The barriers to entry in the US are numerous and much more burdensome than they should be in a free society....and are still a flat out cakewalk compared to what the man with an idea faces in other countries.
Incorporate in a low-tax low-regulation business-friendly jurisdiction like Singapore, bank in stable country like Switzerland and live/work wherever you like.
Consider the 5 flags-theory for web-based business: http://en.wikipedia.org/wiki/Perpetual_traveler
Edit: Ridiculous how people downvote. I've researched this area more than most and the flags theory just doesn't fit most startups as the core concept is having your tax residence and company in different countries. The only case I know of where it did or could have worked is Skype.
And I encourage anyone dreaming about working abroad to go and try it for at least a month before making a big commitment.
That is nice and all, and yes, you are right, those are great resources for entrepreneurs along with a handful of other sites.
Speaking as an entrepreneur that has sat on both sides of the fence - I partially live in Buenos Aires, and spend a lot of time in Boston: have done the /self served/ mentoring you hint at and had actual mentors and I'm going through my second incubator experience right now - I ought to say, the differences between a support or mentorship network is a completely different experience than when you have actual mentors, with names, faces and specific personalities.
Hacker News, Quora, StackExchange are top notch resources when you have very specific questions that need answers. Its a completely different ball game when questions you face are ambiguous, and needless to say that the effect of being able to easily tap into willing and reliable networks of contacts through your mentors is a resource that is hard to replicate in these sites. A "Show HN" thread is great (provided it reaches the front page), but being able to get in front of insightful, connected people that have a particular understanding of the exact problem you are solving, is a much more meaningful resource, I'll listen to the insights from five such individuals much more carefully than to the comments of 200 anonymous comments (not that the 200 anonymous comments are not of use, of course, but one is heavily more valuable than the other imo).
YMMV, but, all things being equal, having a handful of people you can reach out to (and just as important, that will reach out to you periodically) makes your own work much more effective.
As long as you plan on being a perfectly law abiding citizen (or resident), Singapore is a great place. But once you have a crime on you record--including something as simple as jaywalking--it stops being such a great place.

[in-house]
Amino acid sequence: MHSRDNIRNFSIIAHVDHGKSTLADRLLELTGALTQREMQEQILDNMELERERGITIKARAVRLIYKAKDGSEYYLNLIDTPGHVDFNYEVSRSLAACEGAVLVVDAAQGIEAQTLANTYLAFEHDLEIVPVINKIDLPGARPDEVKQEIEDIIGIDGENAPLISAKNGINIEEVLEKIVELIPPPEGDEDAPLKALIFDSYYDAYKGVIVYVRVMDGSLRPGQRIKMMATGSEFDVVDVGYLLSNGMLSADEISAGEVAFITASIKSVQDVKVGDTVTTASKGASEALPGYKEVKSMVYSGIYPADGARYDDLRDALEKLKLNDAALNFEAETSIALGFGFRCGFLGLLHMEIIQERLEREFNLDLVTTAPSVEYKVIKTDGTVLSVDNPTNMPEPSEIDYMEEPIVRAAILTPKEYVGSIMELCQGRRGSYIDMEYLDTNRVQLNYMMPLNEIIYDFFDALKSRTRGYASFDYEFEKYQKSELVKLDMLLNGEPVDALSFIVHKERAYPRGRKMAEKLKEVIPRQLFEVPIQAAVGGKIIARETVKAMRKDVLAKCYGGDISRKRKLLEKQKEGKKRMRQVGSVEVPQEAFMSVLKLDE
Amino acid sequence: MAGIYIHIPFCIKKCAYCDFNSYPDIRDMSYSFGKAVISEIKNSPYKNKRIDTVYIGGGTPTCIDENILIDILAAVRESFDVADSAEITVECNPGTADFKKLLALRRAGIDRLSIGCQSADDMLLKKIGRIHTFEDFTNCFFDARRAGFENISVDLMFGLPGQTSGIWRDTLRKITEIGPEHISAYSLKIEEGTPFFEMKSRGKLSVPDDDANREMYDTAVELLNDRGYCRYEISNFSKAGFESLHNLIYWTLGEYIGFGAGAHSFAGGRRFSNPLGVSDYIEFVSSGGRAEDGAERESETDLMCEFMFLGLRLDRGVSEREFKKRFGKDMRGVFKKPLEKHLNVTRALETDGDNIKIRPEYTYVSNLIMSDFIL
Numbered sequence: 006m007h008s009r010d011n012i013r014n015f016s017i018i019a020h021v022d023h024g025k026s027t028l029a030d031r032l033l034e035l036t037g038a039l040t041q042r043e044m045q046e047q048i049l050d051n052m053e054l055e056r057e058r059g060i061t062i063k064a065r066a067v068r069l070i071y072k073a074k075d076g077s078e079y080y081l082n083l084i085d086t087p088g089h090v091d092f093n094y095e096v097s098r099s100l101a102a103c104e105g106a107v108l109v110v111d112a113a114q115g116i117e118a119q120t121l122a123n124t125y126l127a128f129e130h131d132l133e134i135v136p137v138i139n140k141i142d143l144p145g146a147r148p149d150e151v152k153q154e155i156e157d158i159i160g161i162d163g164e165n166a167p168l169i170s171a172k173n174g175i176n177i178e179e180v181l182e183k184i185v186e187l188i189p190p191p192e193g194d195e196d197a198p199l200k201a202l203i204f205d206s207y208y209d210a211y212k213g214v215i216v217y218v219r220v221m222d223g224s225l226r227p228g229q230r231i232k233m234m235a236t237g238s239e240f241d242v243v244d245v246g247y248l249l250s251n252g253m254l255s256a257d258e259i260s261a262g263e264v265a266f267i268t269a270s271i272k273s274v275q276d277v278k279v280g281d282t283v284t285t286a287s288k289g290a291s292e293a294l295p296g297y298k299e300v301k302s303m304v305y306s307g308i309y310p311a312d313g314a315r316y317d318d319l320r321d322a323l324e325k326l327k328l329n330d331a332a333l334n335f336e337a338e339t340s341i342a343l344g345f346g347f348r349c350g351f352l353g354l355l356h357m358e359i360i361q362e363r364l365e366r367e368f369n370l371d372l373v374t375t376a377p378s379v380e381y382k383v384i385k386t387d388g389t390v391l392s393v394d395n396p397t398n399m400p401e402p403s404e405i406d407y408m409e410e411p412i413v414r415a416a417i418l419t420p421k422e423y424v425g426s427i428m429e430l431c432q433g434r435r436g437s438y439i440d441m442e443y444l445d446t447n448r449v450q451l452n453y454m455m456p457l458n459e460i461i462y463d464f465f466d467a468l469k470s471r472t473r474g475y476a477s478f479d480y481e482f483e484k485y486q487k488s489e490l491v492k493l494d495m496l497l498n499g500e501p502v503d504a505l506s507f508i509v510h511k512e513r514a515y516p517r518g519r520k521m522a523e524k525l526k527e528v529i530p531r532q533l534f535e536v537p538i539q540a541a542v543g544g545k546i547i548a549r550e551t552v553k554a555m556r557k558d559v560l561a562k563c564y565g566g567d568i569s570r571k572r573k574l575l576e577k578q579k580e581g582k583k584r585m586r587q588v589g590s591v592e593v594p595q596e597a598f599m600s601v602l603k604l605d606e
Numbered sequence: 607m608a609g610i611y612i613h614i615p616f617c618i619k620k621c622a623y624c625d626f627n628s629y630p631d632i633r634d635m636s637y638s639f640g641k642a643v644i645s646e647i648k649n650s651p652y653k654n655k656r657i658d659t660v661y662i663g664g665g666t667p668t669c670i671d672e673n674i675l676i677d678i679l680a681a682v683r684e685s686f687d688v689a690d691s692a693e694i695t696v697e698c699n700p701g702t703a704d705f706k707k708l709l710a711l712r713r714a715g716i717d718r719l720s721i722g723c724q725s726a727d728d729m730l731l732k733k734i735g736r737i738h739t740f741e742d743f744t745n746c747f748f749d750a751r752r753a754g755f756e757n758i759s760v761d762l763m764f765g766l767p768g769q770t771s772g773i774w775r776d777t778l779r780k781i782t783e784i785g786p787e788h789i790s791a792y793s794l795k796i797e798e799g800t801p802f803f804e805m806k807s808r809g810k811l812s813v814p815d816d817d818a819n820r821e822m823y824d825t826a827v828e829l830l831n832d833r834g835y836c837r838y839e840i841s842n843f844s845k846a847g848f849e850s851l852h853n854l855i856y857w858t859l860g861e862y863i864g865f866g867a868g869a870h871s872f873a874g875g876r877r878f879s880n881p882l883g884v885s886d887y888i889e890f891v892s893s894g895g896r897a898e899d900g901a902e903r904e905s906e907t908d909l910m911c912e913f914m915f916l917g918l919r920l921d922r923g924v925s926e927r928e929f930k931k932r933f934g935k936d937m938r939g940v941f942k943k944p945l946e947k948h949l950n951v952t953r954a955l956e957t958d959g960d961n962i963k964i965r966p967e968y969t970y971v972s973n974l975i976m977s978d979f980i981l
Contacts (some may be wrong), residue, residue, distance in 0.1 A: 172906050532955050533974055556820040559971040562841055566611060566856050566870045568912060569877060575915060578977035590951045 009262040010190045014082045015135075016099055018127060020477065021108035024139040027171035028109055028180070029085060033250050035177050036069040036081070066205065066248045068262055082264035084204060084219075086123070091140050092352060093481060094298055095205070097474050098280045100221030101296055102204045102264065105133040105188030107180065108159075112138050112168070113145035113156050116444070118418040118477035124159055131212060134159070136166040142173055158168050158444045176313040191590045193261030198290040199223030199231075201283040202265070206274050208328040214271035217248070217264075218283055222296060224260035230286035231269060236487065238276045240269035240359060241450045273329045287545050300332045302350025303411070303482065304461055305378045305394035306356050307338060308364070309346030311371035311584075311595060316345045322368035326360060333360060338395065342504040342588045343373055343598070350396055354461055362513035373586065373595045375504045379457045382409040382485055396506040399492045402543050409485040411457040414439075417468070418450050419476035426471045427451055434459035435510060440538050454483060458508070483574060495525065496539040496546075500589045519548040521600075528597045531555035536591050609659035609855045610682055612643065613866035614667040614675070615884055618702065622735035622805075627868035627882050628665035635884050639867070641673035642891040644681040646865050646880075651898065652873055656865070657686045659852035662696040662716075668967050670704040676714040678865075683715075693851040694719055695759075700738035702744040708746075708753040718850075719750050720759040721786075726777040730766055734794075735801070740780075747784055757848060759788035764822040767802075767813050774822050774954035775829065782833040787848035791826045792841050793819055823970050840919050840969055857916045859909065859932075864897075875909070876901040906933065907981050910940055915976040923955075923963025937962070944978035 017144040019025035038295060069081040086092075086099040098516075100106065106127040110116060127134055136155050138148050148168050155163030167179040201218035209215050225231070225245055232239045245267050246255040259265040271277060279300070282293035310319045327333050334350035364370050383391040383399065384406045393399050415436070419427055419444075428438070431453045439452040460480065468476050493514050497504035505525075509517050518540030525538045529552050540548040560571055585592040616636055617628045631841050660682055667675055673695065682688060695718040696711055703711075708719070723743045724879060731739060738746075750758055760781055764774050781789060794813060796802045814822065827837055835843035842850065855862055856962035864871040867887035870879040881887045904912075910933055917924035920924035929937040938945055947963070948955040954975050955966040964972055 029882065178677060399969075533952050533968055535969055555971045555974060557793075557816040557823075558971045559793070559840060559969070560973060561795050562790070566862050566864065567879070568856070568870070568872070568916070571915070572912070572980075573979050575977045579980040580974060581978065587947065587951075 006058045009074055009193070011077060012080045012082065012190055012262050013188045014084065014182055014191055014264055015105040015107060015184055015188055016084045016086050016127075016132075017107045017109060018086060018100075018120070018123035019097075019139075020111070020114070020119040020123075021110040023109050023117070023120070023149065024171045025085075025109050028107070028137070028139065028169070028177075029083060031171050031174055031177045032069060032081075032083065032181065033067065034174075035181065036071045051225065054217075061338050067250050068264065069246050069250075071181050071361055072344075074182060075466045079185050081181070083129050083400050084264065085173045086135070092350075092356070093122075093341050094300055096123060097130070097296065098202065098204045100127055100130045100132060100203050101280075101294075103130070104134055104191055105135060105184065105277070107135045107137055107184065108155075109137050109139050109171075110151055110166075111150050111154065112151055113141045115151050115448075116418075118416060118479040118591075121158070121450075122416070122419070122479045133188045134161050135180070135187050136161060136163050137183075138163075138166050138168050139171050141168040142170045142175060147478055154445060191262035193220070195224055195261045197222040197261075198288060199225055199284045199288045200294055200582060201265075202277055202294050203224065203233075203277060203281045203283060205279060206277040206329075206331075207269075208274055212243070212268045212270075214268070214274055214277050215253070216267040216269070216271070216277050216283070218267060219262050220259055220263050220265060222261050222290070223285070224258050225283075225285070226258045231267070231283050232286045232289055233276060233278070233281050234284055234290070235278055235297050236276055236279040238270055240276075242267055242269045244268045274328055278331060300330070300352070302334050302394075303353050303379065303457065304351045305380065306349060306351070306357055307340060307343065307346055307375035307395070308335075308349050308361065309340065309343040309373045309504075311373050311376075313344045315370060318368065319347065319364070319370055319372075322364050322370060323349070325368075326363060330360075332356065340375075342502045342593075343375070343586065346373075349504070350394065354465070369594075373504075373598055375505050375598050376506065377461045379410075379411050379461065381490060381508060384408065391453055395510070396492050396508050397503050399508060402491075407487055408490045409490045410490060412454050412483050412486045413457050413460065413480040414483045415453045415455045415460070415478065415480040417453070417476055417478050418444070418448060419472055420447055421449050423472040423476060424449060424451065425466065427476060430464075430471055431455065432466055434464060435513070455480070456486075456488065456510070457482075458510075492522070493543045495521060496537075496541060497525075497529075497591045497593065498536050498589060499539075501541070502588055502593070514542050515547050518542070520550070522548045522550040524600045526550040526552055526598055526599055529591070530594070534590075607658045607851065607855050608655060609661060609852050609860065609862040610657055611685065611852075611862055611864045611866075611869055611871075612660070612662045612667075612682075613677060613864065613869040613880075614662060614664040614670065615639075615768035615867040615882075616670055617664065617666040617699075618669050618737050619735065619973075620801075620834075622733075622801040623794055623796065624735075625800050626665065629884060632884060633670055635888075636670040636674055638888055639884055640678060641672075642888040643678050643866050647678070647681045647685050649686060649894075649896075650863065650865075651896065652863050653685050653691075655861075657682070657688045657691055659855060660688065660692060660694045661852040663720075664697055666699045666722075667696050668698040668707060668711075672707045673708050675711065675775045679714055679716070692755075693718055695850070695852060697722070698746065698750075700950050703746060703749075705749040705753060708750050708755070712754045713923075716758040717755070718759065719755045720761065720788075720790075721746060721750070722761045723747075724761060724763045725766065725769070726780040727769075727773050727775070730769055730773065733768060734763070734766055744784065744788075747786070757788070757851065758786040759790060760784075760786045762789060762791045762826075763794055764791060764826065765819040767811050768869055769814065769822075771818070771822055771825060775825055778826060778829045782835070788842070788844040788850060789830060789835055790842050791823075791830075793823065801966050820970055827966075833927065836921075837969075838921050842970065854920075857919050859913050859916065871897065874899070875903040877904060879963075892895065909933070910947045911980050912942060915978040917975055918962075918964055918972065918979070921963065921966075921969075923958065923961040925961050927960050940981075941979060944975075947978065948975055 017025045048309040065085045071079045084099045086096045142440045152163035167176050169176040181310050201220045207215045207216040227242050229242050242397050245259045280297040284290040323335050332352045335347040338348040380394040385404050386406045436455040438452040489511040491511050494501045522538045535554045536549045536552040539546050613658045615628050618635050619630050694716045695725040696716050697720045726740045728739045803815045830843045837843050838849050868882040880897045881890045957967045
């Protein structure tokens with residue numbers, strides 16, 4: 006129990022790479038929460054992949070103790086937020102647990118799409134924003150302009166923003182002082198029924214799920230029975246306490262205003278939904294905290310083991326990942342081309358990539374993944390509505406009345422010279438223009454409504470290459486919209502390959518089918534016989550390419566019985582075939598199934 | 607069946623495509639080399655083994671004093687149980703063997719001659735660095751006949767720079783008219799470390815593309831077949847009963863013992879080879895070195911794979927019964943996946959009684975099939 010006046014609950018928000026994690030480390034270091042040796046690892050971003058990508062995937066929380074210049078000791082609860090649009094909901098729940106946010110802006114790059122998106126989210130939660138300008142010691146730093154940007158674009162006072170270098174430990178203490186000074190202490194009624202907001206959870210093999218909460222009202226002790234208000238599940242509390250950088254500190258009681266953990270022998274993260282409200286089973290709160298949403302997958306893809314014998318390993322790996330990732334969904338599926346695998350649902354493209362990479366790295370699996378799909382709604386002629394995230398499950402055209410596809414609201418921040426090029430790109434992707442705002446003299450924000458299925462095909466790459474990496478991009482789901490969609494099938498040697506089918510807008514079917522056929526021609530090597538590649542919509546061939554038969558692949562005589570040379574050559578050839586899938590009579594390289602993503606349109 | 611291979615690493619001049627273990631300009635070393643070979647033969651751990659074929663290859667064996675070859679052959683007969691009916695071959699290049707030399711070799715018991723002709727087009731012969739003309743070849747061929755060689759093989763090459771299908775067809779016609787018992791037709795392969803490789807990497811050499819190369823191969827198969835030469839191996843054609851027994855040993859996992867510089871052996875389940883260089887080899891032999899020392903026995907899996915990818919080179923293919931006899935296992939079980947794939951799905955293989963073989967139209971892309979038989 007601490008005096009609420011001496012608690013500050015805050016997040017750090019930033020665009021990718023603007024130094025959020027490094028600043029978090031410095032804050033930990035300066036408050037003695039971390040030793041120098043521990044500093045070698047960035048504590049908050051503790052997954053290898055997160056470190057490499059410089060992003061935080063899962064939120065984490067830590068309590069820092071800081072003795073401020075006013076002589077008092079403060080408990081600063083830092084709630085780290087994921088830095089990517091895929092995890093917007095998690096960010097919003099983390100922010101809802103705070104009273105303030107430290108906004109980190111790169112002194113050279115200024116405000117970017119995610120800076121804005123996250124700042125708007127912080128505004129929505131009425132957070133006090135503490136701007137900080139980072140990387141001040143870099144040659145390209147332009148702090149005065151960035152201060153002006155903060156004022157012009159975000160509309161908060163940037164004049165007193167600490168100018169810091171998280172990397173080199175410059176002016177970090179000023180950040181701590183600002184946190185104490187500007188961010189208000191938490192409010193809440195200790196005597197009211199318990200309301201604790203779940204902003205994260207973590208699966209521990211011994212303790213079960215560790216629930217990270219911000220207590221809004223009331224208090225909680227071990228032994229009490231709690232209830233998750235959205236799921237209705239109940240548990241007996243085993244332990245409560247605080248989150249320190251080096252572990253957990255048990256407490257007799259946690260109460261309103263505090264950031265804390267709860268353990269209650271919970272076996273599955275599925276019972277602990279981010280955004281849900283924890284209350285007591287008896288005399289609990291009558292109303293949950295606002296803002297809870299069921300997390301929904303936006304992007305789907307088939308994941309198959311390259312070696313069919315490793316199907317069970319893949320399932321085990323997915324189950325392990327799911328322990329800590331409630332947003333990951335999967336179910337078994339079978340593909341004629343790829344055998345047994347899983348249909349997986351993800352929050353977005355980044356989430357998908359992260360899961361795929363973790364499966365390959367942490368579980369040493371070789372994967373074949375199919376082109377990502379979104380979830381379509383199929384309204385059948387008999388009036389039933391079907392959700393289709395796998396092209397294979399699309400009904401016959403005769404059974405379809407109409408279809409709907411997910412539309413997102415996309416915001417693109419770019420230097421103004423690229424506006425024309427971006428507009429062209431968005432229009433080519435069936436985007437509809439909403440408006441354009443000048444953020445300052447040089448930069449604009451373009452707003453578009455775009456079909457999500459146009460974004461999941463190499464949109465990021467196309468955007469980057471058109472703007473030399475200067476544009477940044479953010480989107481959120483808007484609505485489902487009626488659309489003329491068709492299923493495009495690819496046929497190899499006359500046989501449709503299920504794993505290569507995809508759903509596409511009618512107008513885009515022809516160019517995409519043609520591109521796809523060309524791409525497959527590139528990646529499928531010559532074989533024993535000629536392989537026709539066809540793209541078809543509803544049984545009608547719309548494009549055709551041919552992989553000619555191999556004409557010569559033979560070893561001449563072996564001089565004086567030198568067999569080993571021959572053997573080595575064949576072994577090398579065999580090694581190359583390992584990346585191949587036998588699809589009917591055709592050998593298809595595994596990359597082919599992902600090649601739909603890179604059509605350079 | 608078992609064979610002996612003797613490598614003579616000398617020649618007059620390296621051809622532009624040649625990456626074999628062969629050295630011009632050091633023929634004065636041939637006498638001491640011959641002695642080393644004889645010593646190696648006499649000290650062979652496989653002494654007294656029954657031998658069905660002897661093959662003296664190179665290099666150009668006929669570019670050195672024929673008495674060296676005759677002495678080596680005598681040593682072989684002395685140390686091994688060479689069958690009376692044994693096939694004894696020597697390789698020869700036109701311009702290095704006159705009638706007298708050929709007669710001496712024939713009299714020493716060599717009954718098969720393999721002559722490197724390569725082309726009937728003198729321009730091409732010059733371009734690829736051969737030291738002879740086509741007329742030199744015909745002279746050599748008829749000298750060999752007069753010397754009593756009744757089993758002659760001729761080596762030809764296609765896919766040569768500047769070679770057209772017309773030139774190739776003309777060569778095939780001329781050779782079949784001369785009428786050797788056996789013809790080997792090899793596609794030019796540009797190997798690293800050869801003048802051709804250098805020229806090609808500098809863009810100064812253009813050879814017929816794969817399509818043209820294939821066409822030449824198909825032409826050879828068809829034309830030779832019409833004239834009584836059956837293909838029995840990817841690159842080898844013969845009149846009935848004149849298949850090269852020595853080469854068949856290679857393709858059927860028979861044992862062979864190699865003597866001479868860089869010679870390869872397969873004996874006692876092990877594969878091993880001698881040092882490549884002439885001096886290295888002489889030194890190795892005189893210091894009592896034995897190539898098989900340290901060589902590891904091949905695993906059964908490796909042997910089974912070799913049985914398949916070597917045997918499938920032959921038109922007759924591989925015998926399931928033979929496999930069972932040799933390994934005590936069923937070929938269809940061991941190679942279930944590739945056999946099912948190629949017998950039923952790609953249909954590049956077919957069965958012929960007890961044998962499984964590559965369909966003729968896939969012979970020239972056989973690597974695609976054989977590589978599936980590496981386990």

At the moment, I'm based between the UK and Jersey (Channel Islands – I'm resident for tax, which is nice), around Europe (recently Amsterdam, Berlin, Lisbon, back to NL in a few weeks) and planning a move onto South America later in the year. Previously it was Hong Kong, where the project began life.
From these, I got the best vibes in Berlin, and would love to spend more time there soon.
London, where most of my business took shape and which I'd consider my practical home, is fantastic for diversity of ideas, people and places. As of now I plan to spend 3 months per year here (maximum allowed unless I want to pay UK tax!) in the warmer months to really get into the city.
Still looking for the place, though, the one where I settle in for a year or two.
Curious, what's your technical stack? I'm researching ways to build a Restful api to be consumed by web apps and mobile apps.
Quite nice to be a resident of Channel Islands! Seems that everyone likes Berlin. Maybe checkout New Zealand?
OXR is built out with PHP and (for a bunch of processes) nodeJS. PHP gets a bad rap, but it's fastest for me to work with and hasn't presented any problems so far.
I'm always impressed by the quality of the NZ govt. websites: http://www.newzealandnow.govt.nz/investing-in-nz/who-to-talk...
http://www.newzealandnow.govt.nz/living-in-nz < I've packed my bags ; )
- Many good links here. It's not the valley, but impressive for a country of 4 mil.
Number of startups have arised recently, and also considering their entrepreneurship spirit. It does seem to be a great place for doing a startup.
Beats Russland hands down, true, but that's an easy feat.
Also, <insert bane darkness quote here>
What are the pros besides low cost of living? Can you elaborate?
I will do this someday.
Close to most of Asia, strong economy.
Norway is just generally all around awesome. The only draw back is their high taxes but they're ridiculously easy to file as well. They also protect their investors, lenders and borrowers very well.
Denmark's economy makes it so starting up a business costs pretty much nothing and registering it is almost as fast as Singapore. They also hire and fire laws similar to those in the US so that you can pretty much hire and fire people very easily with no hassle.